Lil Woody’s Brings New Flavors to the Classic Burger


Javier Plascencia

During Lil Woody’s Burger Month this February, grab the ‘Good Old Burger’ created by mastermind Brady Williams from Canlis.

Lil Woody’s Burger Month returns, and this time, it hosts top name Seattle chefs for the whole month of February. Lil Woody’s–located on Melrose and Pine for the Capitol Hill location— invites four chefs to each create a burger that they love and serves the chefs’ creations at each location throughout the month.

Marcus Lalario, owner of Lil Woody’s four locations around Seattle, noted just how popular this month has become, as it draws in people wanting to experience new tastes and flavors for burgers. This week they were serving the “Classic Old Burger,” courtesy of Brady Williams—the executive chef at the landmark Seattle restaurant, Canlis.

It was a quintessential cheeseburger with a nice heavy pour of fry sauce. It was a burger straight out of the 70’s, elevated to modern times with a nice finish. The fries were cooked to perfection toeing the line between crisp and tender, and were seasoned with just a hint of salt, like all good fries should.

The Spectator’s photographer Javier Plasecinca, who accompanied me, commented that it reminded him of a bit of an “In-N-Out” burger, which I could only take as high praise because of how widely those burgers are loved.

Three other chefs are on the billet for the rest of the Month: Lil Woody’s will host Eric Rivera, chef and owner of Addo:incubator, serving the “Boricua Burger” from Feb. 11-17. Logan Cox, chef and owner of the restaurant Homer, will serve “The Homersapien” between Feb. 18-24. The last chef of the month is Elisabeth Kenyon, executive chef at Manolin, and will serve the “Manolin Sandwich” between Feb. 25th and Mar. 2nd.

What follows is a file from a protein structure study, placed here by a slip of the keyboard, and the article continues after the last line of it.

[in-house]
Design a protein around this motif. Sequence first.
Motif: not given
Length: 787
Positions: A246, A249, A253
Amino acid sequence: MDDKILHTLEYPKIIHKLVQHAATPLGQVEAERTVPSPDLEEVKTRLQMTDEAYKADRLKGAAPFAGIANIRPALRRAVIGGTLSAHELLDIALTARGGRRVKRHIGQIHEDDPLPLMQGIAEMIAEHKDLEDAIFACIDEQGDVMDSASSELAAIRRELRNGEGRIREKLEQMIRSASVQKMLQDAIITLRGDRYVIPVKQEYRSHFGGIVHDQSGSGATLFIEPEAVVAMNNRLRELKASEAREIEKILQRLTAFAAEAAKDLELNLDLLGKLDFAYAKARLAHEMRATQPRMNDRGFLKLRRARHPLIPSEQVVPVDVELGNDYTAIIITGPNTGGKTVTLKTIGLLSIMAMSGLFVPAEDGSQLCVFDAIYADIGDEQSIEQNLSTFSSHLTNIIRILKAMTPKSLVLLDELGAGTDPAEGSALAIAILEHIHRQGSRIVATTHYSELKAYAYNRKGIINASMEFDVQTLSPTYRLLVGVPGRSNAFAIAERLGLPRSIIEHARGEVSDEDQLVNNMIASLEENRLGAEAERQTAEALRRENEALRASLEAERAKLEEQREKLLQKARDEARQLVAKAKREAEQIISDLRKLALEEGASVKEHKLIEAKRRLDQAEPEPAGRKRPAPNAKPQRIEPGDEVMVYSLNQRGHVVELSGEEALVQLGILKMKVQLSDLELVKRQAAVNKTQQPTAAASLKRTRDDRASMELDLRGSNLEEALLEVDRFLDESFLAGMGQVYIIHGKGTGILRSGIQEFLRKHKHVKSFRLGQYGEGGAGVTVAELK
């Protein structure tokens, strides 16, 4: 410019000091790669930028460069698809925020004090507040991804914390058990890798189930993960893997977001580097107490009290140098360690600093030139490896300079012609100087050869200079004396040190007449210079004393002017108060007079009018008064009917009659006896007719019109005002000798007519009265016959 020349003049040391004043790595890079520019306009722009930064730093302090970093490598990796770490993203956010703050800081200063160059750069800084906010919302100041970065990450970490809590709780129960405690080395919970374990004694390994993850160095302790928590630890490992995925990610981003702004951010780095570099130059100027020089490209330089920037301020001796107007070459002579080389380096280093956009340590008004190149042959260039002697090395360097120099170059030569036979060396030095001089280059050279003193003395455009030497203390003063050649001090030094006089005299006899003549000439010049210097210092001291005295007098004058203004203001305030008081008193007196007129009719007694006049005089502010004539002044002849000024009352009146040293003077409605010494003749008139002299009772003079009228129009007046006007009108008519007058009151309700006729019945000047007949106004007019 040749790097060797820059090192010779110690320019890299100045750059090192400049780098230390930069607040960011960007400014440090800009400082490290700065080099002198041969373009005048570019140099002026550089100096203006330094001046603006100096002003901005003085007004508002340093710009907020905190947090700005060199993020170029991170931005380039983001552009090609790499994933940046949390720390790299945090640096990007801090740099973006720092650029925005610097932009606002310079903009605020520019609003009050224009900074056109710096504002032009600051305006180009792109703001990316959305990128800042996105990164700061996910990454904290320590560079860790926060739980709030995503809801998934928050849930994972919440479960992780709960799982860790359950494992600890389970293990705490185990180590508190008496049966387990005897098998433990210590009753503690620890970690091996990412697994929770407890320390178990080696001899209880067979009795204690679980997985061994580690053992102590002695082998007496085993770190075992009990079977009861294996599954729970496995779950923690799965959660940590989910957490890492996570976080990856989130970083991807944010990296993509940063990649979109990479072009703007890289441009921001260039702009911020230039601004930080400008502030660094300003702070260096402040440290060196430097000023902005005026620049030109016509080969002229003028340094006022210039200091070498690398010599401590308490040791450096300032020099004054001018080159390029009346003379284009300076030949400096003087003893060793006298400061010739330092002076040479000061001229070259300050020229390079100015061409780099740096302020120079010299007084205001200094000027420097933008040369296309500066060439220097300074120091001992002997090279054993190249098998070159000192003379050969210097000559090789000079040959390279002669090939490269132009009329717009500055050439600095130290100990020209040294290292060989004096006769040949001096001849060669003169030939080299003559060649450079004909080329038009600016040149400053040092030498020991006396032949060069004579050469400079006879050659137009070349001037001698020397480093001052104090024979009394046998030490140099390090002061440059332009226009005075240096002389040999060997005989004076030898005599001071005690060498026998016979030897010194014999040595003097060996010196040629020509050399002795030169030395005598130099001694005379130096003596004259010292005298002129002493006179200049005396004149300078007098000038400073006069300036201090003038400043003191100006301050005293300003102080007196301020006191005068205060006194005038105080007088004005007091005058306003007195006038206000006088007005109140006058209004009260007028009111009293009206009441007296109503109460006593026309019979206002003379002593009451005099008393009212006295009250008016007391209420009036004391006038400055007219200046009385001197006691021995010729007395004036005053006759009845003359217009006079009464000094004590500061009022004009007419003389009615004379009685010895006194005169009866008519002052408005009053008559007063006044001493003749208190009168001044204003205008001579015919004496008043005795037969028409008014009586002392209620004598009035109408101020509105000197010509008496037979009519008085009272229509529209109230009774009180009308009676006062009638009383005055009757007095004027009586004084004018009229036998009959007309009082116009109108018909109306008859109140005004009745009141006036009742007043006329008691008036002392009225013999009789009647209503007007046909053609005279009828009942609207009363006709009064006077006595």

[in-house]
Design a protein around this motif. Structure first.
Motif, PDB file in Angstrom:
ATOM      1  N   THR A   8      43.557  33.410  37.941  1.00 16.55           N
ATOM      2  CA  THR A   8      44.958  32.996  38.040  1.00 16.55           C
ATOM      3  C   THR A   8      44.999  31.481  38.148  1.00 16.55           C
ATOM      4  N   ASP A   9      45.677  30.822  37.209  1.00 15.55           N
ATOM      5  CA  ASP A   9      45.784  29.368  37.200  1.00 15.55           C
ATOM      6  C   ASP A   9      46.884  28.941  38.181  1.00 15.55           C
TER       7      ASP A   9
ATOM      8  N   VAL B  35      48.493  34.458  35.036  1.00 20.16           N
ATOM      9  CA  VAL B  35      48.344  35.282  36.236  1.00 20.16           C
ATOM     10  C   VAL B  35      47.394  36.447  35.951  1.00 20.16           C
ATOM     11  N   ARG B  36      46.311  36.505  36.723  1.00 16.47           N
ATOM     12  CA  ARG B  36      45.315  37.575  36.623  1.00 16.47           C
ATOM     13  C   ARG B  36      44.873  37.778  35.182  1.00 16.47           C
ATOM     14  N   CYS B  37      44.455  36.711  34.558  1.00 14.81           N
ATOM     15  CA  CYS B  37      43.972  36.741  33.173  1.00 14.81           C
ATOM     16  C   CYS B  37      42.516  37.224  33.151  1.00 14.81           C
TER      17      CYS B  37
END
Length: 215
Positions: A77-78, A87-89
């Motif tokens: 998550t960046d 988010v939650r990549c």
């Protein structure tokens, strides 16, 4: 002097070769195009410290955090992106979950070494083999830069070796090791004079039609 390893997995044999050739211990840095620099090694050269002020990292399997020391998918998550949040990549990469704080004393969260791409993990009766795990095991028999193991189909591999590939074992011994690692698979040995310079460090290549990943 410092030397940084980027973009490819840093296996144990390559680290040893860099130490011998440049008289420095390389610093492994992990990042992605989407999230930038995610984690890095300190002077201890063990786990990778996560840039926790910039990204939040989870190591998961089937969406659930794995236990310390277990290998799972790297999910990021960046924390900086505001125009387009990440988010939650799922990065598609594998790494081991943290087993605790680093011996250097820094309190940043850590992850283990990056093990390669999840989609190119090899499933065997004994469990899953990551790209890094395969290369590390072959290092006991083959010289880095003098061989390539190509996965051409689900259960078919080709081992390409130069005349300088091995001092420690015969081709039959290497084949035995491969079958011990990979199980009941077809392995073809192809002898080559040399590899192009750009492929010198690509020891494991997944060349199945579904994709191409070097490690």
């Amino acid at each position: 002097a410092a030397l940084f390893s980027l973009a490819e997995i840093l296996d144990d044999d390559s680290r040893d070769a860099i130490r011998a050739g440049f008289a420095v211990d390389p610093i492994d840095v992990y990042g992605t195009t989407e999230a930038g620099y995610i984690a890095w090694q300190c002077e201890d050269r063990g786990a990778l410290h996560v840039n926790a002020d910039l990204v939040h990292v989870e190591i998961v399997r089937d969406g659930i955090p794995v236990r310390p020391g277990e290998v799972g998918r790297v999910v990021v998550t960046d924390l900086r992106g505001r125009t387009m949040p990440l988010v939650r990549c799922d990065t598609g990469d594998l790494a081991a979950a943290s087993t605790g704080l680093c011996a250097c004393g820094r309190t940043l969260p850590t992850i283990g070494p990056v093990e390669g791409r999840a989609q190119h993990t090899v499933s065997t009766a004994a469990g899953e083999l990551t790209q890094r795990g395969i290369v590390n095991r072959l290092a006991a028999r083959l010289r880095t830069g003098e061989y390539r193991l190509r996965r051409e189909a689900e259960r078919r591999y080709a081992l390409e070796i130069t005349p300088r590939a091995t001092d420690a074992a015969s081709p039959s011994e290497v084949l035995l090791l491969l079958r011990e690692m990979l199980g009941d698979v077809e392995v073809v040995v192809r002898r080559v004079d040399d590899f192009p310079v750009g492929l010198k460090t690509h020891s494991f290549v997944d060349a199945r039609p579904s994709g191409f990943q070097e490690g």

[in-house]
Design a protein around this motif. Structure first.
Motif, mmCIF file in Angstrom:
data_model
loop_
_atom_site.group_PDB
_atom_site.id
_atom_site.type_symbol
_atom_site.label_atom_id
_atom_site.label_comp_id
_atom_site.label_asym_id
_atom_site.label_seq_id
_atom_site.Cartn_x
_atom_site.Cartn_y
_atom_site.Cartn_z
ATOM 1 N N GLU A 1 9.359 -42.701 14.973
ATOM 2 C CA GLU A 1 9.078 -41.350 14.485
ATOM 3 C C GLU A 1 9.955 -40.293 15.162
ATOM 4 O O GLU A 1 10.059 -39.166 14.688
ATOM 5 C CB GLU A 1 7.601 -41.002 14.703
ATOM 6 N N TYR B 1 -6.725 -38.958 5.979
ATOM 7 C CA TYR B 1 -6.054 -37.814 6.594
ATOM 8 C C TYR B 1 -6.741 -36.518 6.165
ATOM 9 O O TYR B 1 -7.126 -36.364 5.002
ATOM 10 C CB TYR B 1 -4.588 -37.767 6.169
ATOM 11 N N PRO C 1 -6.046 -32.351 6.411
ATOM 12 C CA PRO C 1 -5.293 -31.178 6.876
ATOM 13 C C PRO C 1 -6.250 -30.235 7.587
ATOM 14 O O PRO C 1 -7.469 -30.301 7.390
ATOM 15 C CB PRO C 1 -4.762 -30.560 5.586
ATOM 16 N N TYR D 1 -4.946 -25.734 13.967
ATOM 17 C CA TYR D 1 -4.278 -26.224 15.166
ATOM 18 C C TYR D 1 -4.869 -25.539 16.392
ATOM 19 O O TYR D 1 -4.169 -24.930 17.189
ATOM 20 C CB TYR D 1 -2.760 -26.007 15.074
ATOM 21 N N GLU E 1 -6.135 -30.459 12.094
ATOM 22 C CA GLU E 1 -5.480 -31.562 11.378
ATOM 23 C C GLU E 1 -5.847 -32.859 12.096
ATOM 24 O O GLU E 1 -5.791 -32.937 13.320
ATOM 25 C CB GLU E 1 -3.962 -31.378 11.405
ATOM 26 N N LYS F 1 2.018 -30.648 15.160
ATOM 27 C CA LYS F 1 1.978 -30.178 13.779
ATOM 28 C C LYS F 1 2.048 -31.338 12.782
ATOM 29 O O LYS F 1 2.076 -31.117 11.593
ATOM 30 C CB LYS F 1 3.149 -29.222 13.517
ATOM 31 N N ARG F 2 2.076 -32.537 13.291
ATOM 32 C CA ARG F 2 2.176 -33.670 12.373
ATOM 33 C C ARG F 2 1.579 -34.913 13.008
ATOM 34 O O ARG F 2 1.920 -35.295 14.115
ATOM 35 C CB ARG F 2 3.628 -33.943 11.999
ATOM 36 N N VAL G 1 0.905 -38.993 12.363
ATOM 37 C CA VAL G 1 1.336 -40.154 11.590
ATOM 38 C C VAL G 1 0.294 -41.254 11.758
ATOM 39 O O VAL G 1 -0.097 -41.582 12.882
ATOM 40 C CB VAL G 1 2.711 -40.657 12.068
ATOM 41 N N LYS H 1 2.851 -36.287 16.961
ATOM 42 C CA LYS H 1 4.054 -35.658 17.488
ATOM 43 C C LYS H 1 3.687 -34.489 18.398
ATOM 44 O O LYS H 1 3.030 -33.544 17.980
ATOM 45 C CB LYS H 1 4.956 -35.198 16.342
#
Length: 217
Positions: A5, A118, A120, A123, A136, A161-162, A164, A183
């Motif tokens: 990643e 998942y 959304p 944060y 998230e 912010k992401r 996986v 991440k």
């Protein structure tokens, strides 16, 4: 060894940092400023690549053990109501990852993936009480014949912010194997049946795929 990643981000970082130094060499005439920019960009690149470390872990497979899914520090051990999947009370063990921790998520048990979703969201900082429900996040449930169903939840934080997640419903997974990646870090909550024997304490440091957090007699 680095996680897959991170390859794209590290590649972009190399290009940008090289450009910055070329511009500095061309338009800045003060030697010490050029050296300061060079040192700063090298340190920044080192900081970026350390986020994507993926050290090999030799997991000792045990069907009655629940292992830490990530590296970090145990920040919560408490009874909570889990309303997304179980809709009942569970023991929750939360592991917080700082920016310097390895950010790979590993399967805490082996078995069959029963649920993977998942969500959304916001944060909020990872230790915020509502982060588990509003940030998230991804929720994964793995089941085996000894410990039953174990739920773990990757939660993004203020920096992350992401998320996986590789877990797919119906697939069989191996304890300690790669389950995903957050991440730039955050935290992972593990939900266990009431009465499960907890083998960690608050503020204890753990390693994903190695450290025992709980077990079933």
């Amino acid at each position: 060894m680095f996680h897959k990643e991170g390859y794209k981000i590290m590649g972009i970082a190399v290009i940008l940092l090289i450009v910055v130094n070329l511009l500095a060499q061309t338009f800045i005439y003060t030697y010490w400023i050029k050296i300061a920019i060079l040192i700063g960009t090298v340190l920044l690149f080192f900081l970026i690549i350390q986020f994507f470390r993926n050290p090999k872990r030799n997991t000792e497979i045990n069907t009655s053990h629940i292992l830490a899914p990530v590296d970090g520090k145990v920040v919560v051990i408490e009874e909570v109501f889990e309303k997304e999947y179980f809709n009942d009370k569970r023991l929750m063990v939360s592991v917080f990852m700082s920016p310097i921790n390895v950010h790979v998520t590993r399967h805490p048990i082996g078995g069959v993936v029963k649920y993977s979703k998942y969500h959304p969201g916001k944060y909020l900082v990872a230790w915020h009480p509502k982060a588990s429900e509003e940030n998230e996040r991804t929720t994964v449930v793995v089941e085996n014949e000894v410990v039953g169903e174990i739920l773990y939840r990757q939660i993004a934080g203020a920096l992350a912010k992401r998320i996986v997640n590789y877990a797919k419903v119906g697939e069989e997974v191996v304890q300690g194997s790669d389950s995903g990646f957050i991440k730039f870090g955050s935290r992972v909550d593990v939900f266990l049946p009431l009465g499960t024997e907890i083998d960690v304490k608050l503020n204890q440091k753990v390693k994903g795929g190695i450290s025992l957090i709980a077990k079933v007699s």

Seattle Met
Brady Williams, the executive chef at Seattle’s Canlis, was awarded best chef in the Northwest in May 2019. | Photo via Seattle Met

Lalario came to the idea of Burger Month from his experience networking with other restaurants around him.

“Just through having restaurants, you meet chefs,” Lalario said. “I thought it would be cool to let them create their own burger here, [to make a burger that’s] a step up, or a burger from their past, or a way that they like to eat burgers.”

Lalario traveled around the country as a musician before he ever got into the burger business; however, this was how his fascination with the food began. Over the course of his travels, Lalario grew interested in the massive variety of burgers in all the places he would visit. He said each one provided a different experience and flavor from the classic, big-name burger restaurants.

“Whenever I would go to different cities, there’s always these cool burger joints that were different from your classic fast food options,” he said. “I wanted to fill that void [in Seattle]. At the time, there was only Dicks. There was no other burger joints on Capitol Hill.”

This is how Lil Woody’s was made, and we’re all grateful that it came together in the way that it did. Providing us all wonderful, high- quality burgers right on Capitol Hill.

Michael may be reached at [email protected]